Rebuttal- Wildwood

Checks and balances pertaining to the United States government has a sole purpose of preventing the three branches of the government of gaining too much power which in turn could be the downfall of this country. Within each branch, The Judicial, The Legislative and The Executive are elected officials that, makes the hard decisions for the three hundred million plus citizens which voted them to their respective office. Each branch has a duty to this country whether the responsibility is drafting, enforcing or upholding the law, and just as important is to make sure each branch stays true to their task issued to them by the Constitution. The system, on the surface, seems like it would work smoothly and allow each branch to operate within their ranks and without stepping over toes, but what happens when one of the branches are granted a special veto power to overrule legislation passed by another branch? Is that a violation of checks and balances? Or does that statue, granted to a single elected official better keep the branches of government in check when writing and passing laws?

When a bill gets introduced by a member of the House or Senate, with the hopes of it being written into law, it takes multiple members of each chamber to bring said bill to a final vote. After different actions conducted by the sponsoring members, and usually multiple rewrites, it can be brought to a vote on the House floor. After receiving a majority, the bill then can be sent to the President’s desk for final approval. If the President decides to sign off, then the process is over and that bill is officially signed into law. Now this process could take months and sometimes years from start to finish, and in the end, if the President decides against it, he can veto it, making that bill void. However, if the bill has an unusual amount of support in both chambers, the elected officials could vote to overrule the President’s decision not to sign off on the bill, overriding the veto changing the proposed bill into a law. Veto power is few and far between in the United States Government, it takes at the minimum a 2/3 majority in the House to veto a bill signed off by The President. Just as easy is it is for the President to veto a law, they can also amend any law passed by utilizing Executive Orders.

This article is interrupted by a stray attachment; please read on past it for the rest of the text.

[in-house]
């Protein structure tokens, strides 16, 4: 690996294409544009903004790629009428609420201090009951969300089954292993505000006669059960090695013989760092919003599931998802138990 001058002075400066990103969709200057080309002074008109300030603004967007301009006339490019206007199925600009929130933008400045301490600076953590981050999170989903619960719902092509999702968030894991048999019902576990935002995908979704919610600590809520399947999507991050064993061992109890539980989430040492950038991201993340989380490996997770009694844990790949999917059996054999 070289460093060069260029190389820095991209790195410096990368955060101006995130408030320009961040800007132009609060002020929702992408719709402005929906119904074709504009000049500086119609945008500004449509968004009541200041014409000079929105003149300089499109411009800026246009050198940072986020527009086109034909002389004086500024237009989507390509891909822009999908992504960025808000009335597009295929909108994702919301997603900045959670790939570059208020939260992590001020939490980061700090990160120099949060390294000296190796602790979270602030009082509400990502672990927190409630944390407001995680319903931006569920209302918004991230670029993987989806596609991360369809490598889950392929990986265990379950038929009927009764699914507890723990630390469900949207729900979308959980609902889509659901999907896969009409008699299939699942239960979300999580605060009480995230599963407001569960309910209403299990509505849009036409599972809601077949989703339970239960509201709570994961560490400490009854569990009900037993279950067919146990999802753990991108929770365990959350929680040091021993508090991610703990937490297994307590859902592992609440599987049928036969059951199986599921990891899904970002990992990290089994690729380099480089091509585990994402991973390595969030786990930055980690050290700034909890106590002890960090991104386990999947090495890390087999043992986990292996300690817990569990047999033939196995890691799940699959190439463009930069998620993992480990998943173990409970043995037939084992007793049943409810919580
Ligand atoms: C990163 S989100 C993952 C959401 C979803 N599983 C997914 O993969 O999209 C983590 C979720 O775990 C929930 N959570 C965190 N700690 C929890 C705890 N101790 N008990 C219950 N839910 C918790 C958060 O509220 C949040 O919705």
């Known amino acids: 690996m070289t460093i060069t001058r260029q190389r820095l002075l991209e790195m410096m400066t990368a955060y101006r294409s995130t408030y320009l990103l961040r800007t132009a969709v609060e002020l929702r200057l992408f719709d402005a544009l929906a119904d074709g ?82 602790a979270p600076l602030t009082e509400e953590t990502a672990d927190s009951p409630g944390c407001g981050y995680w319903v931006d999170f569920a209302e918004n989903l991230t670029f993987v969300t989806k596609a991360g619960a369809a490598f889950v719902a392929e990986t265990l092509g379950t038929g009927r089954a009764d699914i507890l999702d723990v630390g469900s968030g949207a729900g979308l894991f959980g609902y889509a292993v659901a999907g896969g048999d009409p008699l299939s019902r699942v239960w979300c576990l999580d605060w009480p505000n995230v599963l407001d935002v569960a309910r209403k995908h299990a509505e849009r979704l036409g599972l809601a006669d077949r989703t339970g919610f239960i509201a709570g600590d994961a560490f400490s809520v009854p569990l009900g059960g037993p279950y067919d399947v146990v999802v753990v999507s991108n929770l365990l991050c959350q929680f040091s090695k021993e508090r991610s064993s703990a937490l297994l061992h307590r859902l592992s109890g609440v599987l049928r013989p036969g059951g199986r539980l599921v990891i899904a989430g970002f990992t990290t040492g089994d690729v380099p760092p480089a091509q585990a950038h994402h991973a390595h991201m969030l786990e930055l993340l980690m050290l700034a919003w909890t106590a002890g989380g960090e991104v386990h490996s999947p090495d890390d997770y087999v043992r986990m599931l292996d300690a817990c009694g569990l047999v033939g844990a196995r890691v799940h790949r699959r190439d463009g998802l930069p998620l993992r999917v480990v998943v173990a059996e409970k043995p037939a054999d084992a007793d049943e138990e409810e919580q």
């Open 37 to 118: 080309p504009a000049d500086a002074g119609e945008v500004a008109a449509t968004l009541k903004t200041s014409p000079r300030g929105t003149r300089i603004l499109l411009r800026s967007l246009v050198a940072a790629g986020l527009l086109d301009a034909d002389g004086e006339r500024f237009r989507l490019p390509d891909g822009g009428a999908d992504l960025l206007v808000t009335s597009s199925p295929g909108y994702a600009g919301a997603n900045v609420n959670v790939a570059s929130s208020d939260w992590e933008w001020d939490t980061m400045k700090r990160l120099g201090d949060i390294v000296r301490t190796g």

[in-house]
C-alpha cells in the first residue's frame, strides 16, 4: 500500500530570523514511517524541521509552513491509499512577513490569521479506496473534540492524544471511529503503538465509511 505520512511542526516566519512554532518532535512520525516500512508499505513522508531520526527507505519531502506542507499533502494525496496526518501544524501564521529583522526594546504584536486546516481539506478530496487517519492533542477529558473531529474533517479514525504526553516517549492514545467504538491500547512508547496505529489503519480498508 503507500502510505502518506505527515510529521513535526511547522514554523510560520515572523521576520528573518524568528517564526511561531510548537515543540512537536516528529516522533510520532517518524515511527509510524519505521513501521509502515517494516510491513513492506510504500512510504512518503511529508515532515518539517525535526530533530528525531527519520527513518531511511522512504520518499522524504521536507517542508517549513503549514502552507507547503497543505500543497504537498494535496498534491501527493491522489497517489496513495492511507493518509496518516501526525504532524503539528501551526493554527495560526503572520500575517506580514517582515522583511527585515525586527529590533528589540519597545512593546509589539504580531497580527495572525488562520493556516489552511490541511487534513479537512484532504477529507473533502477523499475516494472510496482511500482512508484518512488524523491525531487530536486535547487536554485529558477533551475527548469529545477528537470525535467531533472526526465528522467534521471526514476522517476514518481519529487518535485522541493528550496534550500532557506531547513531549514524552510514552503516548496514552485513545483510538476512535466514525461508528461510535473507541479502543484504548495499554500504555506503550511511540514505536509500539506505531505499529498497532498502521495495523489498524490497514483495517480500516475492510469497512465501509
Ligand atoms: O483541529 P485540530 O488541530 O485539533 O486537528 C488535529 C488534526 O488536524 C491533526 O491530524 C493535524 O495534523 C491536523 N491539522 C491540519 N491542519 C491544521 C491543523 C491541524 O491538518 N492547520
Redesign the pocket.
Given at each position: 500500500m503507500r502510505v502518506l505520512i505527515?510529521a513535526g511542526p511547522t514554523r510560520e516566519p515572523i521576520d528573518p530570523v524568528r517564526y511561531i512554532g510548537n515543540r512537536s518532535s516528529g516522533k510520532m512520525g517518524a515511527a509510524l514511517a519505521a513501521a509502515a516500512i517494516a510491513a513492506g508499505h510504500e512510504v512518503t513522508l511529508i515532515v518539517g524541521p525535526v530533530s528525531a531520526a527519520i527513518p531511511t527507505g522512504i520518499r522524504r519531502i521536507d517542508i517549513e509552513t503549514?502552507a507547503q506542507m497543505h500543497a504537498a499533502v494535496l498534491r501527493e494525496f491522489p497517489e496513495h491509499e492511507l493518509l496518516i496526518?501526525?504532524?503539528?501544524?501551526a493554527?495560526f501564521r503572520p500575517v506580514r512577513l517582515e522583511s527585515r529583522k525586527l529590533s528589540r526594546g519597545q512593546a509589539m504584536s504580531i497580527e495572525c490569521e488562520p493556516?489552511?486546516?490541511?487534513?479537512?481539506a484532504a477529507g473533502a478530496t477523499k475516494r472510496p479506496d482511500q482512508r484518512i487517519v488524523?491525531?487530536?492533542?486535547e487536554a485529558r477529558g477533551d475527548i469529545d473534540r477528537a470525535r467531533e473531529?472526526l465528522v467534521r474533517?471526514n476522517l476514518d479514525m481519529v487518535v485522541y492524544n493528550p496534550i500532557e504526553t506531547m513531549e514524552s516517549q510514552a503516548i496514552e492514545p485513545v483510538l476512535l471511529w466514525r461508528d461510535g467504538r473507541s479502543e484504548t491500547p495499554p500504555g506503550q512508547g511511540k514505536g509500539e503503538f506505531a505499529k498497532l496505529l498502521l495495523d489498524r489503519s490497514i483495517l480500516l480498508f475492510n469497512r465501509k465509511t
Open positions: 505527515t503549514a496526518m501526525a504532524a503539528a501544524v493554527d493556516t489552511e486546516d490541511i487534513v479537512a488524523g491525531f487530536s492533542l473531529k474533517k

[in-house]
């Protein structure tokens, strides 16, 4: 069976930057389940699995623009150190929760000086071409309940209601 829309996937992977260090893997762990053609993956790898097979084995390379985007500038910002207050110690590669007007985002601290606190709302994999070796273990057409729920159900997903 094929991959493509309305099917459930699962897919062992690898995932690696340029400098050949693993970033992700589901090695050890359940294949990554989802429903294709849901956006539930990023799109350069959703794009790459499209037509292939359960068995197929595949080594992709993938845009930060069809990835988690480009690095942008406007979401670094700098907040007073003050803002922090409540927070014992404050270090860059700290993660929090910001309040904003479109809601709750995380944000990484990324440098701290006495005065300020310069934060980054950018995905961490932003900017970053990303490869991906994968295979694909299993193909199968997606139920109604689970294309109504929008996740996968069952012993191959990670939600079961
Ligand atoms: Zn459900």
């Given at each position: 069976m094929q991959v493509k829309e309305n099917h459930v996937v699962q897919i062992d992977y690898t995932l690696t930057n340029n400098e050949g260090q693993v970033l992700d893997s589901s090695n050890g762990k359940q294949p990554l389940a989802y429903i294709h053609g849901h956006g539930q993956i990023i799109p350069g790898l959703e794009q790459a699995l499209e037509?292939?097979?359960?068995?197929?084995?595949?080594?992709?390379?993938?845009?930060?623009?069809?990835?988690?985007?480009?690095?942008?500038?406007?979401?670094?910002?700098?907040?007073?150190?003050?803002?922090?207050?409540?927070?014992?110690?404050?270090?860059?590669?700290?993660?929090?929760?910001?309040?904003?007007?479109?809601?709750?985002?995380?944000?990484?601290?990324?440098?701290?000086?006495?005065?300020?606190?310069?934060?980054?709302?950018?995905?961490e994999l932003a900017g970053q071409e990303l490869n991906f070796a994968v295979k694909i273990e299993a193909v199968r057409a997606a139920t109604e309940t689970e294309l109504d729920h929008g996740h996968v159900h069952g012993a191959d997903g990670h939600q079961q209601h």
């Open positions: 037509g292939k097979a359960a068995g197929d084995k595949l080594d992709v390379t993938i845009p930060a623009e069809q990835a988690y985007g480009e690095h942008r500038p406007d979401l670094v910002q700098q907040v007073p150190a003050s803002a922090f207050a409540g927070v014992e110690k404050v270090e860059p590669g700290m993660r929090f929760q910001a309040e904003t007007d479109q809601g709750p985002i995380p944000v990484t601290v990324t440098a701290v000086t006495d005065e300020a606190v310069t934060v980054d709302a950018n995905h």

If the President decides to draft an Executive Order, it could be anything from giving federal employees a half of a day before a federal holiday, all the way to confining all Japanese born U.S. citizens to internment camps after the bombing of Pearl Harbor, and everything in between. Critics of the President using Executive Orders usually have one defense, why does a single man have the power to write their wishes into law without going through proper channels of Congress. Critics think when Presidents use Executive Orders, it undermines the hundreds of elected officials whose job it is to write and pass legislation.

In reality, The President is voted into office by voters nation-wide and not just by voters in certain districts like members of congress are elected. If the incumbent head of the executive branch passes an executive order and his predecessor simply wants it overturned, that order originally passed by the incumbent becomes null and void as quick as the President signs off on the order. When an executive order is signed off on, it has the same powers as a federal law, but federal laws are subject to legal review and scrutiny. When determining whether or not that order passed was unconstitutional or not, the supreme court evaluation includes case law regarding the topic as well as deciding if the order compromises a standing law set forth from the founding fathers.

 

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